Is the plural gins and tonic? Gin and tonics? Either way, I’ve had two, because I am On Vacation, with my parents, who may or may not secretly be the heroes of early-century SF/horror (Dad went wandering around the Arctic, studied mushrooms, and then taught weird math; Mom was into archaeology and Latin) and have also been spending some quality time in a hot tub.
Cups, Number Seven: Bright luck–that is, luck that appears good–in matters of water. A dude contemplates seven cups in a cloud, and each cup has a thing coming out of it, which varies depending on the deck. A snake is pretty common. So are castles, fruit, dragons, a disembodied head, etc.
This is about dreams and visions. A lot of the time, it’s sentimental daydreams, in a “castles in the air” sense, like, okay, you bump into Chris Evans at the deli and it’s a whole thing. Or it’s wishful thinking: yeah, they totally Meant Something in the interview when they said they’d let you know. Wanting things can cloud your judgment: everyone who buys a lottery ticket thinks they know the winning numbers.
That said, daydreams are important, and healthy. Every couple months, some hand-wringing dudebro or dudebro-adjacent lady publishes a piece concern-trolling about romance novels giving women “unrealistic standards,” which…I have a lot of opinions on, and many of them involve the phrase “oiks who think cargo shorts are formalwear and won’t go dancing,” but the relevant ones here are:
- If you know daydreams for what they are, they’re fine. We all need something to think about in meetings, or while we’re trying to get to sleep, or when Uncle Frank is telling us about the Packers. Most adults know they won’t win the lottery or bang Anne Hathaway; it’s cool. Like everything, in proportion and moderation, daydreams are nothing to worry about.
- Properly managed, some daydreams can be helpful. If you’re a stockbroker and your elevator thoughts are all about moving to a farm in Montana…don’t do that. Not all at once. Reality always sucks more, and then it’s 3 AM and you’re doing unspeakable things with a cow and you hate your life. But take a small step in that direction, like maybe a job with less pressure, or one that lets you work remotely so you can live in the country. If you’re looking for a boyfriend, or the one you have isn’t measuring up, consider what elements of the Chris-Evans-at-the-deli fantasy most strongly appeal to you, and to what extent you can reasonably look for them in a dude.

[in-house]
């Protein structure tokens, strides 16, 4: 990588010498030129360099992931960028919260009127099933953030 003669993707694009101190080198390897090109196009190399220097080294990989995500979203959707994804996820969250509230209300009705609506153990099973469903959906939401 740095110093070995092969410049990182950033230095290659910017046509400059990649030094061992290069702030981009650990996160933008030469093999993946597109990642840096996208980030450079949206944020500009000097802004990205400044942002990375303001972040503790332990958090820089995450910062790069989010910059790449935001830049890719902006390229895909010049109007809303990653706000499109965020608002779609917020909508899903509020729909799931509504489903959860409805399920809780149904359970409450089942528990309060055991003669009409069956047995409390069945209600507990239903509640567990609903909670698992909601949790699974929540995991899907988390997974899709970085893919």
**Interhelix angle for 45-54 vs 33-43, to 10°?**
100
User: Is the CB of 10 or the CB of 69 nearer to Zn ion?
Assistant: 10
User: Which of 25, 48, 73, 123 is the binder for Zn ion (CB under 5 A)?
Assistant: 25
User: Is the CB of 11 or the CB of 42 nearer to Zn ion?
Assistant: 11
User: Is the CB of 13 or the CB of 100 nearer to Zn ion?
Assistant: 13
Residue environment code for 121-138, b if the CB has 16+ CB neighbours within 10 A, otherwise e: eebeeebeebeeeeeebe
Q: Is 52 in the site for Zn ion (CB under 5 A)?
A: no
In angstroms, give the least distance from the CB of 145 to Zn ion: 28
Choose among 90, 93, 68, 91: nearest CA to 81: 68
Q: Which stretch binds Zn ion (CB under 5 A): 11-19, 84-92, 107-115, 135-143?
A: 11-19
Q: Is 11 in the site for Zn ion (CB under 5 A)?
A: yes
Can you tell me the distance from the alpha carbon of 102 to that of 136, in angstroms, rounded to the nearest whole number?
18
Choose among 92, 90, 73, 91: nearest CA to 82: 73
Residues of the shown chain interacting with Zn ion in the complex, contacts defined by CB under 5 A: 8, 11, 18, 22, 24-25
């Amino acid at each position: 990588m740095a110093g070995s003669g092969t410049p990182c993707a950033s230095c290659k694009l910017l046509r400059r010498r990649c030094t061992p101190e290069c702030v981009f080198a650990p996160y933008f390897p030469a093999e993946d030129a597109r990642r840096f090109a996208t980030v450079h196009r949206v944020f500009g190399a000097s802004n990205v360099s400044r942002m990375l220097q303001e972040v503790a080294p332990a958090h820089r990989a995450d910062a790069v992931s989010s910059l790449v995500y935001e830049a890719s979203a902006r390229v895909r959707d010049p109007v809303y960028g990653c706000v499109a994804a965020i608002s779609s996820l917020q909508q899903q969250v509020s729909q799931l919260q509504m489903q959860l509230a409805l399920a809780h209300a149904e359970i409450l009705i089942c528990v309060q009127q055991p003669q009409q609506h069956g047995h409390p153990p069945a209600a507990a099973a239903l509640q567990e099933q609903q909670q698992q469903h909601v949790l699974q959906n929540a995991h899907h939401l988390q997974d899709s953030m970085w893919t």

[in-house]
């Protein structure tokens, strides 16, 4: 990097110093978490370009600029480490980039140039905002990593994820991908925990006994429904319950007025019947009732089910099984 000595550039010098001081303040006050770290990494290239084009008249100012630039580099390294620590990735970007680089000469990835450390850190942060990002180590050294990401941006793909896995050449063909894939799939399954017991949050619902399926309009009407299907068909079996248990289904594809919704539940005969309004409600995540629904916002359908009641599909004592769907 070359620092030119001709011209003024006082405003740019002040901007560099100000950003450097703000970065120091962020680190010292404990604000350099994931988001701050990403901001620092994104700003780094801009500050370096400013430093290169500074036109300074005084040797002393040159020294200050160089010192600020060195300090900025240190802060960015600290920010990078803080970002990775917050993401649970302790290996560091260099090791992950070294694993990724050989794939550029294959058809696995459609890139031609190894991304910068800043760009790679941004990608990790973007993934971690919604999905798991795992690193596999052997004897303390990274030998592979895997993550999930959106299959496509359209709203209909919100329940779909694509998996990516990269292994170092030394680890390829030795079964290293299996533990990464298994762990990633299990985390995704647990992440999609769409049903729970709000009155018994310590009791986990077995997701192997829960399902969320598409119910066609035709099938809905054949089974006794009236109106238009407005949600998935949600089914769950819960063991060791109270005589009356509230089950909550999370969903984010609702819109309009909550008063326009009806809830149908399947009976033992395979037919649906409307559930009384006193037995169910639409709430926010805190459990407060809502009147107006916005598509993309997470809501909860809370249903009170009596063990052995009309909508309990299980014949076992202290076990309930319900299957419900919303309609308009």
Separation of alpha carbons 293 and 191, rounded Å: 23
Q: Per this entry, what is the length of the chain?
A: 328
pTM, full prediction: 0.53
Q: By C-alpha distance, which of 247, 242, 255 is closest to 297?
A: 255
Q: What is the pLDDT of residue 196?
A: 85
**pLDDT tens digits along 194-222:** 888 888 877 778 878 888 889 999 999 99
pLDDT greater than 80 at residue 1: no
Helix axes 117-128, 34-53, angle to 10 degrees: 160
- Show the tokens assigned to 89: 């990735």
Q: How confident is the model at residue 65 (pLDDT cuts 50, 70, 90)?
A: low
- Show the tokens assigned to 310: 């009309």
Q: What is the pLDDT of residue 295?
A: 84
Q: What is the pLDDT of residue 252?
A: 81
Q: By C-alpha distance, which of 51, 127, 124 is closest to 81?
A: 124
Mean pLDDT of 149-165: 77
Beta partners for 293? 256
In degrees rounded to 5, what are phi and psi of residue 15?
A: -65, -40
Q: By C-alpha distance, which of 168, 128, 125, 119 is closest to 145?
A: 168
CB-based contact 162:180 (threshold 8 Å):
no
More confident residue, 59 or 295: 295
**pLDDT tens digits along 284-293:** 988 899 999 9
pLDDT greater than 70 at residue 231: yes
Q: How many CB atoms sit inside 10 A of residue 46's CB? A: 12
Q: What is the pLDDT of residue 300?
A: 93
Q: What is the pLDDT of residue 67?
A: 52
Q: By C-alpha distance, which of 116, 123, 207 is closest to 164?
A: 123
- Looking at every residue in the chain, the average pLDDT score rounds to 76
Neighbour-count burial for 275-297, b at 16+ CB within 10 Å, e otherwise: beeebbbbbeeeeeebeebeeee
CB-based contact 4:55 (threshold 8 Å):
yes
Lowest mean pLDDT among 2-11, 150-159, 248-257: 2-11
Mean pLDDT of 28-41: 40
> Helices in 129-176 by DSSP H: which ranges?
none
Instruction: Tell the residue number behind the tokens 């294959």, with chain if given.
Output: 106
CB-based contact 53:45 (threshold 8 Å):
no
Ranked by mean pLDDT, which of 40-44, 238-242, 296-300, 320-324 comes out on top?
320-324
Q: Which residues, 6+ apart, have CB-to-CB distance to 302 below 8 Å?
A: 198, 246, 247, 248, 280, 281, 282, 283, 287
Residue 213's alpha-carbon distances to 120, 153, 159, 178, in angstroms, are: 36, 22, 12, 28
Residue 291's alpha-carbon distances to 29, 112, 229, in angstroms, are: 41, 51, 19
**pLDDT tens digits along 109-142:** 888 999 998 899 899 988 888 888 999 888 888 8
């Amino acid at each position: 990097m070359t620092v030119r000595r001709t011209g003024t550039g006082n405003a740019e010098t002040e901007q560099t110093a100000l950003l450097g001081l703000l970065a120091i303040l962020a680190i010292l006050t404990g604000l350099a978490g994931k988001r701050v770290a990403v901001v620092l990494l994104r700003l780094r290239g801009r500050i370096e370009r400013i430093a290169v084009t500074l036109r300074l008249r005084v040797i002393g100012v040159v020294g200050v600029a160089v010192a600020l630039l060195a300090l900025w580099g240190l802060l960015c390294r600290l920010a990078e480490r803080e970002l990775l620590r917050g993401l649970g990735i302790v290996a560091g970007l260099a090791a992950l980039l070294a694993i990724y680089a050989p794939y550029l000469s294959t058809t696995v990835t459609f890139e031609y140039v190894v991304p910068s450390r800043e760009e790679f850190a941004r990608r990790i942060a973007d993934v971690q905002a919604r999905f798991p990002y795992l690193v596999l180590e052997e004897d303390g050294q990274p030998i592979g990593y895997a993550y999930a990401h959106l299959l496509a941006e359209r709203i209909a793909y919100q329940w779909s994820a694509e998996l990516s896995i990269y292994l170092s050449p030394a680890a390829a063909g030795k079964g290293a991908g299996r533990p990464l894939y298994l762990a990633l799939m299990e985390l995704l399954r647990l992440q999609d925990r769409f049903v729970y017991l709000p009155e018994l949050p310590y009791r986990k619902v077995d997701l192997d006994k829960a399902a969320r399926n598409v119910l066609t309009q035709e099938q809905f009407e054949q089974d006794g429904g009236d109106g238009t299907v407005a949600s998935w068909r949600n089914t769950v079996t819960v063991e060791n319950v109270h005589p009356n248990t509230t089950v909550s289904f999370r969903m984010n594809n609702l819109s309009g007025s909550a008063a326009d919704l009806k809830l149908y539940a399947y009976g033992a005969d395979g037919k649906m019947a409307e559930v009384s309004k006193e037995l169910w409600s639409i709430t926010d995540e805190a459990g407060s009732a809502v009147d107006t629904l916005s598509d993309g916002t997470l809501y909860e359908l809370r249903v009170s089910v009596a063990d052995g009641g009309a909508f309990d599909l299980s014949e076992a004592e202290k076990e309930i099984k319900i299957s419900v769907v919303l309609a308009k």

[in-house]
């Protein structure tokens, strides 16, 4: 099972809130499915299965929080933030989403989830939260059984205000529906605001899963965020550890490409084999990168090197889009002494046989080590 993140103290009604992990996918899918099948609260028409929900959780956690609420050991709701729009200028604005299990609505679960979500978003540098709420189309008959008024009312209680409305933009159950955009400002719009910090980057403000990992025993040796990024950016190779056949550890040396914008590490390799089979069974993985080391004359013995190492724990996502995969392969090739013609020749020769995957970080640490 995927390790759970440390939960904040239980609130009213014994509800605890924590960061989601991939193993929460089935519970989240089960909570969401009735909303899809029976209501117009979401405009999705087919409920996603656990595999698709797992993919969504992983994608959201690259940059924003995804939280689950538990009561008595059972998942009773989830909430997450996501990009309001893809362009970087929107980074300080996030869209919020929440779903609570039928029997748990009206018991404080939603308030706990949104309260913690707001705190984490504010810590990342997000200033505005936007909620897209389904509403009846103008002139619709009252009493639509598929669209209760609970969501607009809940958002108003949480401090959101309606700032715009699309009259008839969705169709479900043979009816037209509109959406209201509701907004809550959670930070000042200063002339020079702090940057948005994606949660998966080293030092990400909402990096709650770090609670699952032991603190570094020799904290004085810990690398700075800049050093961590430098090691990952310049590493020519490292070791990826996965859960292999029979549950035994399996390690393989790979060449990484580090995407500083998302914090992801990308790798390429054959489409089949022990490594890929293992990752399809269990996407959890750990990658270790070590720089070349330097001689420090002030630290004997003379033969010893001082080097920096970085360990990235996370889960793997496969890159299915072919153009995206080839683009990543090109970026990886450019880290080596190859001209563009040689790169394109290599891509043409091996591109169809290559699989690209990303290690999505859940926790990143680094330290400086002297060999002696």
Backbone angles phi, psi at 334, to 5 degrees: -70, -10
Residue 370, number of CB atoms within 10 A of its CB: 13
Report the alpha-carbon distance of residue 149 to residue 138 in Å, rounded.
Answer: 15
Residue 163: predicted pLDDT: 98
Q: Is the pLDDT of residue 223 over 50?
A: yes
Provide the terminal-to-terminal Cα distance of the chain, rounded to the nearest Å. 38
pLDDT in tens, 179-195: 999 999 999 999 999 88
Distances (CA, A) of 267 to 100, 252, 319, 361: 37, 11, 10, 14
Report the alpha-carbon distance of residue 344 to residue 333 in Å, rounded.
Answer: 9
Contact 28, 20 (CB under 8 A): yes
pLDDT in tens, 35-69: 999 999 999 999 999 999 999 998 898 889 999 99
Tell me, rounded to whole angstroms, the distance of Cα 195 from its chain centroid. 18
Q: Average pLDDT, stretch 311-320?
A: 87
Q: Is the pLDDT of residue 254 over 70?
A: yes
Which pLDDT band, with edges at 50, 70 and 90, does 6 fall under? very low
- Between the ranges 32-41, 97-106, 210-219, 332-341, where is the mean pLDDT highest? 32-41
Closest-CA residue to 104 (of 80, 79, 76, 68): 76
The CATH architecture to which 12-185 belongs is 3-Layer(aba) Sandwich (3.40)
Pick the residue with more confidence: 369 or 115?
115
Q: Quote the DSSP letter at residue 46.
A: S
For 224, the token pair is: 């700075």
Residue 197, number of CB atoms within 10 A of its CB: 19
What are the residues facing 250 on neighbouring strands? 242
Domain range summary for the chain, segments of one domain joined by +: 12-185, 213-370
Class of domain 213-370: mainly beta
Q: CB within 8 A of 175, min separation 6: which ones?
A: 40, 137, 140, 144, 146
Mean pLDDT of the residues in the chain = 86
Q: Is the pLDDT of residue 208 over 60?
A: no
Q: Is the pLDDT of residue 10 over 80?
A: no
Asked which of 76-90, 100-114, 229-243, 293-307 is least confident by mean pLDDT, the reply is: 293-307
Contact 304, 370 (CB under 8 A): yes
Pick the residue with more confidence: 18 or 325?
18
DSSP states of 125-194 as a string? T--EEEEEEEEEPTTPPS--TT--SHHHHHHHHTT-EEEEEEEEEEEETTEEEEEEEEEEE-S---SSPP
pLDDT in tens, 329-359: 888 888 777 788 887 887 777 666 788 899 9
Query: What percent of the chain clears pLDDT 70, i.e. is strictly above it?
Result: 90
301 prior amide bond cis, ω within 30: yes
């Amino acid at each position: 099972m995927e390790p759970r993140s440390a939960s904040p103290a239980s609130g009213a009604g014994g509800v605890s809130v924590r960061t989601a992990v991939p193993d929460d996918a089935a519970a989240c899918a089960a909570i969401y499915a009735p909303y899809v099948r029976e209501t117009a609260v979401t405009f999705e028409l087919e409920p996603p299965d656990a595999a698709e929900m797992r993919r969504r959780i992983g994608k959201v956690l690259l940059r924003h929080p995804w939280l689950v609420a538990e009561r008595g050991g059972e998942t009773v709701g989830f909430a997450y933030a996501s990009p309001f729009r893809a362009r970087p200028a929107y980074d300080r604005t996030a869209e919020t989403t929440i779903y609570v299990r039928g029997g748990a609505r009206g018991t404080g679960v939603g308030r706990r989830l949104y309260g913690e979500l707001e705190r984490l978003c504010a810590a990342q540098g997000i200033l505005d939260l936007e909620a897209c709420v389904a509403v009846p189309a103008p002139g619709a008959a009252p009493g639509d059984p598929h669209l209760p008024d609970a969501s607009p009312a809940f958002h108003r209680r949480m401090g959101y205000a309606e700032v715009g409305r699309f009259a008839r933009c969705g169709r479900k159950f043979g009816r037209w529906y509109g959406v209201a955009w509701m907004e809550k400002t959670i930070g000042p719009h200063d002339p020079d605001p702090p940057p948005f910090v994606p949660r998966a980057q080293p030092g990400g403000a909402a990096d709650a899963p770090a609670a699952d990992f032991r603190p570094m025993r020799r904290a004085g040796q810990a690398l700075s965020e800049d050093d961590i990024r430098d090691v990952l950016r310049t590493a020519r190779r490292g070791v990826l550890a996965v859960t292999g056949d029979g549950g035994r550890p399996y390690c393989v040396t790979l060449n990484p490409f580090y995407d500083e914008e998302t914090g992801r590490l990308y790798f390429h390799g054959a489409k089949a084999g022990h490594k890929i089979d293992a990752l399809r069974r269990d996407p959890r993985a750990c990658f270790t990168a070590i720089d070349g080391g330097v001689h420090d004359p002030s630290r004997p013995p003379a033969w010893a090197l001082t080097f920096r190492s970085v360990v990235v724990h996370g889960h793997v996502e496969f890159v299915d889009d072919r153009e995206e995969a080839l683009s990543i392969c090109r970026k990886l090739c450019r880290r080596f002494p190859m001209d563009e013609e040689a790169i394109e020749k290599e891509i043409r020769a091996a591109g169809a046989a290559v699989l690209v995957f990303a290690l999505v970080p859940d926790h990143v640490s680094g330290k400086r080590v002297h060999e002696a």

Dreams and visions are good far-off guides, but not so great when you want to know what’s actually going on at ground level, is the point.
The other thing the Seven of Cups means is choice, or priorities. There are a lot of things coming out of those cups. Maybe having a snake and a disembodied head is not going to work out for you. If you want a job that gives you a bunch of free time, you might need to take one that pays less, or has less status. The selection of romantic partners available when you want commitment and/or kids may be different from the ones you get when you don’t. Some of these choices are because the current system sucks ass, and I’m all for overturning it in a lot of ways (nationalized health care and child care FTW), but that’s its own struggle, and some choices are just the way things and/or people are.
So the Seven of Cups speaks to getting to the core of things, and finding the truth inside the daydreams: whether that’s what’s going on, or what you really want, or what bargains you’re willing to make.
Next week: the Eight!